ANTHONY MIRANDA: It has provided a vehicle that tribes have been able to use to develop economically and to actually create a taxing vehicle for their own tribal governments.

JEFFREY KAYE: Anthony Miranda chairs the California Nations Indian Gaming Association.

ANTHONY MIRANDA: We provide for our own members, we provide educationally, we provide for them. We provide for health services, we provide a school, we provide opportunities. I always like to say that we provide hope and opportunity for our tribal members.

JEFFREY KAYE: But gambling critics say the industry often uses its wealth to mute concerns about gambling addiction. Former California Lt. Gov. Leo McCarthy co- authored a congressionally financed survey of gambling in America.

LEO McCARTHY: Putting it as kindly as I can, many elected officials are neutralized by the volume of campaign contributions that are coming from the gaming industry. So they’re muted in effect. They don’t really do the research required to know how many pathological gamblers there are currently in their states. They don’t think they need to create a medical safety net for pathological gamblers who destroy their families.

JEFFREY KAYE: In California, gaming tribes have to provide the state with funds — now $3 million a year to tackle problem gambling. But after years of inaction, the state is only now starting to study the problem and has spent little of the money contributed by the tribes.

ANTHONY MIRANDA: Well, it’s very frustrating. It’s very frustrating to provide money to address an issue and knowing that the state has to set up a program to address the issue, and there really hasn’t been anything done.

JEFFREY KAYE: The highest profile response to problem gambling in California comes from the state’s council on problem gambling, an independent, nonprofit organization. It helps fund a national 800 number. If you call it, you’ll be sent some pamphlets about addiction and referred to Gamblers Anonymous meetings in your area.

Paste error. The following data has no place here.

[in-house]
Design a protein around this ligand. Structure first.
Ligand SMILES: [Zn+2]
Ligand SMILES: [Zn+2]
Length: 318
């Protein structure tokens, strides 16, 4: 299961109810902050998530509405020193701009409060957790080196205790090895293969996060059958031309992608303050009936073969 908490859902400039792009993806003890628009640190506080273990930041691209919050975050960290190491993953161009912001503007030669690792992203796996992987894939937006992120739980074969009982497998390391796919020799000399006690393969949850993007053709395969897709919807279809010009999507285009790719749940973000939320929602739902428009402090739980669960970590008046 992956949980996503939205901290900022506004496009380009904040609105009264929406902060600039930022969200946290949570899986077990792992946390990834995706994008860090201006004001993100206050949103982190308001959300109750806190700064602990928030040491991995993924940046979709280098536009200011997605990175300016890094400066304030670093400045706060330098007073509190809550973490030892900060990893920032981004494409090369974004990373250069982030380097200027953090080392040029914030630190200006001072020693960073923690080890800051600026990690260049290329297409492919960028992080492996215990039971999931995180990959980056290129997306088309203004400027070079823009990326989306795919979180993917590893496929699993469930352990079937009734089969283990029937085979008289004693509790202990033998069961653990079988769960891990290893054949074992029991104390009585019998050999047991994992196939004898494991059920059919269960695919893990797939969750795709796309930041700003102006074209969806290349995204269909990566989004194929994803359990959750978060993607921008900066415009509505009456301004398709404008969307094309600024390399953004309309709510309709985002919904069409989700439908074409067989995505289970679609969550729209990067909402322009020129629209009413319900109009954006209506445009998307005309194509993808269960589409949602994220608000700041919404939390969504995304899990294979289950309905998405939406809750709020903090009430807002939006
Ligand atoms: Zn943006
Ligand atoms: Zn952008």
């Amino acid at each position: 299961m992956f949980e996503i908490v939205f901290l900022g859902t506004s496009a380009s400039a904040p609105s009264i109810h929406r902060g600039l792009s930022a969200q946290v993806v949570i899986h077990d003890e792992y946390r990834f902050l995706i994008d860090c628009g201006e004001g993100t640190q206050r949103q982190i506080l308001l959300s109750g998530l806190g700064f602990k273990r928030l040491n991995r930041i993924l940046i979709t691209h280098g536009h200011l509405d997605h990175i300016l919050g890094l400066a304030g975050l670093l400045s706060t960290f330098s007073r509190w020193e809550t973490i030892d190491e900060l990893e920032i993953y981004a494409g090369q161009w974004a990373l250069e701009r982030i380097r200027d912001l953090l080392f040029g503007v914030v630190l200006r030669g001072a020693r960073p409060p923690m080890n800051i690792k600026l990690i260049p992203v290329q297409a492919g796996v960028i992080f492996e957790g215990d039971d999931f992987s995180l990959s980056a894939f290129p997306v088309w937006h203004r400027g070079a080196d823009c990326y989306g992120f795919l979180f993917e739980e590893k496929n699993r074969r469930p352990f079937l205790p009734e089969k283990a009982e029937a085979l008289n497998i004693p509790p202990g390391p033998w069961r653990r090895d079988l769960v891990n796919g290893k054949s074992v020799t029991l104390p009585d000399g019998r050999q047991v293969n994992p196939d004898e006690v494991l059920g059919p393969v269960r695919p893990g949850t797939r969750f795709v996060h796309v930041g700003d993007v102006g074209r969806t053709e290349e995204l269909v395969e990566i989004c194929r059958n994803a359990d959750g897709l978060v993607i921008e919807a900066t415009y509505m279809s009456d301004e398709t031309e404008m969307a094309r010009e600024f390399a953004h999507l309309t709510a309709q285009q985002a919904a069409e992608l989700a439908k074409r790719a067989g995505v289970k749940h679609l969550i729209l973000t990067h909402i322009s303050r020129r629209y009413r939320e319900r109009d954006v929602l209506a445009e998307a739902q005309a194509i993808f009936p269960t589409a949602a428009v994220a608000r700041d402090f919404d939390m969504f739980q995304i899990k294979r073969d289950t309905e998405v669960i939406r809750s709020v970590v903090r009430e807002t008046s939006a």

BRUCE ROBERTS: After that, there’s not much to do because there’s no treatment centers in California. There’s no state funded treatment centers, and that’s the problem with gambling, compulsive gambling is that when a person is ready to quit, ready to get help, there’s no way he can get it on a paid basis because he’s broke.

JEFFREY KAYE: Roberts’ group, like other organizations across the country that address problem gambling, are financed largely by the industry itself. In exchange, they maintain a Swiss-like neutrality toward gambling.

BRUCE ROBERTS: We as an organization don’t take a stand for or against gambling. We’re totally neutral. And the reason we do that is because that’s the way we can maintain a position where gambling interests are willing to help fund what we try to do. So it’s very, very important to us to maintain that position.

JEFFREY KAYE: You don’t want to upset or anger the gambling interests?

BRUCE ROBERTS: You could say that, yeah.

JEFFREY KAYE: To fully appreciate the slow response to gambling addiction, critics point to that Mecca of betting: Nevada, where revenues from gambling account for more than 40 percent of the state budget; 74 years after the legalization of gambling here, the silver state is now considering spending public money for the first time to tackle gambling addiction. The grand total of the response? $100,000 a year over two years.